4.1 Reciprocating Engines
Reciprocating internal combustion engines are a widespread and well-known technology. Worldwide production for reciprocating internal combustion engines is over 200 million units per year. This includes both diesel and spark ignition configurations and they are important for both transportation and stationary uses. The long history of technical development and high production levels have contributed to making reciprocating engines a rugged, reliable, and economic choice as a prime mover for CHP applications.
Reciprocating engine technology has improved dramatically over the past three decades, driven by economic and environmental pressures for power density improvements (more output per unit of engine displacement), increased fuel efficiency and reduced emissions. Computer systems have greatly advanced reciprocating engine design and control, accelerating advanced engine designs and making possible more precise control and diagnostic monitoring of the engine process. Stationary engine manufacturers and worldwide engine R&D firms continue to drive advanced engine technology, including accelerating the diffusion of technology and concepts from the automotive market to the stationary market.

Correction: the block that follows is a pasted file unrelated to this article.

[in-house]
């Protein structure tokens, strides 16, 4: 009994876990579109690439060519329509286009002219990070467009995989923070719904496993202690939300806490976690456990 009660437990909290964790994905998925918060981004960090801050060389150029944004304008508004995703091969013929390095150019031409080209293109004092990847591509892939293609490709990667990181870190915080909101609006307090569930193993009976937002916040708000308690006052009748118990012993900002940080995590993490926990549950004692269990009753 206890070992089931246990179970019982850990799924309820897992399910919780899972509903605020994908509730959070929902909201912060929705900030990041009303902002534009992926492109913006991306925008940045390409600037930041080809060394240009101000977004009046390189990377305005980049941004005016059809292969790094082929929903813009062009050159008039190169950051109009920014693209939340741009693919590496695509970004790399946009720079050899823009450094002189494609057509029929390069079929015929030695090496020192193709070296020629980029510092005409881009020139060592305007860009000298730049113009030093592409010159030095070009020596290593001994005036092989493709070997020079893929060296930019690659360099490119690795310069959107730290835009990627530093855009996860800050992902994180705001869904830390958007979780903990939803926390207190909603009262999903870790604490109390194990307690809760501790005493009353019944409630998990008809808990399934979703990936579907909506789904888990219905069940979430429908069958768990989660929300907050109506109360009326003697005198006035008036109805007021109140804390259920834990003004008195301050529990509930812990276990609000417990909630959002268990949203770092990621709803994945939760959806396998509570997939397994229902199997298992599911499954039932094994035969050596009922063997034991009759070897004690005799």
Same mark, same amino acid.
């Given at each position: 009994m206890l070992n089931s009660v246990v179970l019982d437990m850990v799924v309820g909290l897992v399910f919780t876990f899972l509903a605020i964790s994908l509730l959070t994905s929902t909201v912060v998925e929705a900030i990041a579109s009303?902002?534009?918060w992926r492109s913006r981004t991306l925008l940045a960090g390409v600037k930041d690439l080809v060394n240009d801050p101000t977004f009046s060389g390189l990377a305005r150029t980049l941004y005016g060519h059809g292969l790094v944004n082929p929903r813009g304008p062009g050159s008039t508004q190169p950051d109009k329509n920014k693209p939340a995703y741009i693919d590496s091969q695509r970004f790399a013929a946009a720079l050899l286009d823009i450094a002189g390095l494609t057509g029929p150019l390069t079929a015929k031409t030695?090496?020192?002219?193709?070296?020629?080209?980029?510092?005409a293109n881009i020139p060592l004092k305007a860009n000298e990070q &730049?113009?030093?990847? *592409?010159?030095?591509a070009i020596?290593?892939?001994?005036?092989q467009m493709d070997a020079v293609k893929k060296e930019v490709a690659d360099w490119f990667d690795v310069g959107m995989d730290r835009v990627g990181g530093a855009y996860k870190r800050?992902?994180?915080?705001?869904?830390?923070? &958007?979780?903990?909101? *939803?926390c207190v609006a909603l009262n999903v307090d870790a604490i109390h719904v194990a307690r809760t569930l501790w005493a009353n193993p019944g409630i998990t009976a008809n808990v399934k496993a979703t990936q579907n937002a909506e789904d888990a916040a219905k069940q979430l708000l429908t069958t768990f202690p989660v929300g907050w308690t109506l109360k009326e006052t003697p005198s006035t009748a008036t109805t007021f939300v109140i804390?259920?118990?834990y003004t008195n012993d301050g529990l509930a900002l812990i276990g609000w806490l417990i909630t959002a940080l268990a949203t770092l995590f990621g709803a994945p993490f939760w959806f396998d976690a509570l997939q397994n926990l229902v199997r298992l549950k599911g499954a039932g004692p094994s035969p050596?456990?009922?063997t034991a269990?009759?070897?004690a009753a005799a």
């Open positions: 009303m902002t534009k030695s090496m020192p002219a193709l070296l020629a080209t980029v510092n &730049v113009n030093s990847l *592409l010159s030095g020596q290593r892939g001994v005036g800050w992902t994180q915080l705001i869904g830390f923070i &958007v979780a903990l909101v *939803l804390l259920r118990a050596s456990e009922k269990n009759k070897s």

4.1.1 Technology Description